A while back Jonathan Foxx discussed the transitioning of loan officers. He wrote about how to handle the licensing issues so that new loan officers can get to work. The questioner asked about transferring loan officers from their bank registration to become licensed loan officers. My question also deals with transitioning. Is a transitioning loan officer an employee?
Click Transitioning Loan Officer Licensing to read the post we published on November 7, 2019. I continue to see employers struggling with the issue of how best to effectuate the transitioning of a loan officer.
Indeed, it was in November 2019 that the CFPB issued an interpretive rule to construe an ambiguity regarding certain non-licensed loan originators. The Economic Growth, Regulatory Relief, and Consumer Protection Act of 2018 (EGRRCP Act) made it easier for loan originators to move from one employer to another, by giving a registered or state-licensed loan originator temporary authority to act as a loan originator in a different state if he or she:
- Has not had an application for a loan originator license denied or a loan originator license revoked or suspended;
- Has not been subjected to or served with a cease and desist order;
- Has not been convicted of a misdemeanor or felony that would preclude licensing in the new state;
- Has submitted an application to be a state-licensed loan originator in the new state; and,
- If applicable, was registered in the NMLSR as a loan originator during the 1-year period preceding the filing of the new application.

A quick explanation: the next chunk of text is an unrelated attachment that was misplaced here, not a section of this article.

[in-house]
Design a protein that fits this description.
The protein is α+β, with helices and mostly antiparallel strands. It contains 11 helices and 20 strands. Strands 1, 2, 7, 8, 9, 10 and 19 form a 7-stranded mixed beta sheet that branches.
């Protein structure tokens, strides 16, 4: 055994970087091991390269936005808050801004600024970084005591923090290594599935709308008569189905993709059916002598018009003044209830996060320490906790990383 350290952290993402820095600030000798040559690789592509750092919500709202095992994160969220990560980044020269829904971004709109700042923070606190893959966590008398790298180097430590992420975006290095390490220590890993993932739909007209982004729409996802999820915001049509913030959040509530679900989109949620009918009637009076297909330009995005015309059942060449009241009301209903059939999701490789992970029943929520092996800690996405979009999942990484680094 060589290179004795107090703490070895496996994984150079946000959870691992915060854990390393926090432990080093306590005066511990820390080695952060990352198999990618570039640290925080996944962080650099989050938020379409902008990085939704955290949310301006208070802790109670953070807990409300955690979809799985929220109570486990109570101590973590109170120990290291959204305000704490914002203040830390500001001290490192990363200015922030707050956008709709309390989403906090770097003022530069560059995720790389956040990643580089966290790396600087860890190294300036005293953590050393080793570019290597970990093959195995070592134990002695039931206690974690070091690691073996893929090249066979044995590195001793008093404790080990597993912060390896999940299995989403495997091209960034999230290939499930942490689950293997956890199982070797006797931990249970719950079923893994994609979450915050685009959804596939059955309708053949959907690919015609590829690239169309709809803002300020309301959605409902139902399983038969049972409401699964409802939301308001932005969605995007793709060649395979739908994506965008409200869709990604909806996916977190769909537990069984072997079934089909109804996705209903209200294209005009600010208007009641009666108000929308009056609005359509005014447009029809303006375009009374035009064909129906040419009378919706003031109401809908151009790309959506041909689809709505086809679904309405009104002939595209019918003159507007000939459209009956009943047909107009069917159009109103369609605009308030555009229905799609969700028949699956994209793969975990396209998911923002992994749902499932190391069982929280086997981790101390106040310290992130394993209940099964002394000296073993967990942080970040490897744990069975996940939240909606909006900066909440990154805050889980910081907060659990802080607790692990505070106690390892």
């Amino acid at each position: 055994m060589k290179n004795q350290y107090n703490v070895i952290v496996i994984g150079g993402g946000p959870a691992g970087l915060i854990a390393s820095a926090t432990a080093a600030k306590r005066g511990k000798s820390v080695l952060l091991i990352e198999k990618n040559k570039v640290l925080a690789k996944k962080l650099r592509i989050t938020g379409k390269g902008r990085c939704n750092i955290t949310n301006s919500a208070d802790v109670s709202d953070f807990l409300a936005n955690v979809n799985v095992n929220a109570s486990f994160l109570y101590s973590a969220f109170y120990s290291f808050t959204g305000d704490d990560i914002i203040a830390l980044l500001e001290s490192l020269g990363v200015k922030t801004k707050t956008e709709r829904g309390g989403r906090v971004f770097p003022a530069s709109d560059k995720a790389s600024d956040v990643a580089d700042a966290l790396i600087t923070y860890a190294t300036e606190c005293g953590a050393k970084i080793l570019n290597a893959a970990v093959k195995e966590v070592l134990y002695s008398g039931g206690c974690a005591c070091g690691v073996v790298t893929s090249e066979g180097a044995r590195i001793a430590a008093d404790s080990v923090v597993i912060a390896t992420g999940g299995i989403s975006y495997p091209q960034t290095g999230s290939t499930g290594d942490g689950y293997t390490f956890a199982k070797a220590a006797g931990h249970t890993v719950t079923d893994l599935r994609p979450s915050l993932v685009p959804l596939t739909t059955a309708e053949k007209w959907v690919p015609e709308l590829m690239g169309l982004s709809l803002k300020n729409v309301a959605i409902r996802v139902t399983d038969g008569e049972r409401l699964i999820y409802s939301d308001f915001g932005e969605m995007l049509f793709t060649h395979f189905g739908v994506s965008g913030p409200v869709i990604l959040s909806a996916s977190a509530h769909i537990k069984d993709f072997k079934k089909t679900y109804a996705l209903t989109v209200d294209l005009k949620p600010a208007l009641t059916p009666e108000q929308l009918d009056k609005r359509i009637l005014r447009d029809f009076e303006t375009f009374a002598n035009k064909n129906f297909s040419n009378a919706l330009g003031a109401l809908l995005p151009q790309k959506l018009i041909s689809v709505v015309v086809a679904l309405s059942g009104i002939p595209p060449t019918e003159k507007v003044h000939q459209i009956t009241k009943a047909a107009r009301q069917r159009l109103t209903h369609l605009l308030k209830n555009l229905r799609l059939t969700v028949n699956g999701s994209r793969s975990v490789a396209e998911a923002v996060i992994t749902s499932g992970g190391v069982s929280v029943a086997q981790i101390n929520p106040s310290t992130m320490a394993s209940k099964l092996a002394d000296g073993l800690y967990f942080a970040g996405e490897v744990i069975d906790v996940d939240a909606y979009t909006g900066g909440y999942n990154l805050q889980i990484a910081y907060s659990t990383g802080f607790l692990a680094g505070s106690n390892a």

The statute separately addresses registered loan originators and state-licensed loan originators.
Regulation Z imposes training requirements on loan originator organizations for “each of its individual loan originator employees who
- is not required to be licensed, and
- is not licensed as a loan originator….”
This language, which the CFPB adopted before the EGRRCP Act existed, is ambiguous regarding whether the individual loan originators it references include loan originators with temporary authority under the EGRRCP Act. Accordingly, on November 19, 2019, the CFPB adopted an interpretive rule to address the ambiguity.
In its interpretive rule, the CFPB took the position that, although the language is ambiguous, the Bureau believes the most appropriate interpretation of Regulation Z is that the regulation does not refer to a loan originator with temporary authority under the EGRRCP Act, because a loan originator with temporary authority does not satisfy the first condition in Regulation Z § 1026.36(f)(3)—“is not required to be licensed.”
That is, to point a fine point on it, a loan originator with temporary authority is not an “individual loan originator employee … who is not required to be licensed….” He or she is an employee who is required to be licensed, although the employee can act as a loan originator while seeking the required license.
Chairman & Managing Director
Lenders Compliance Group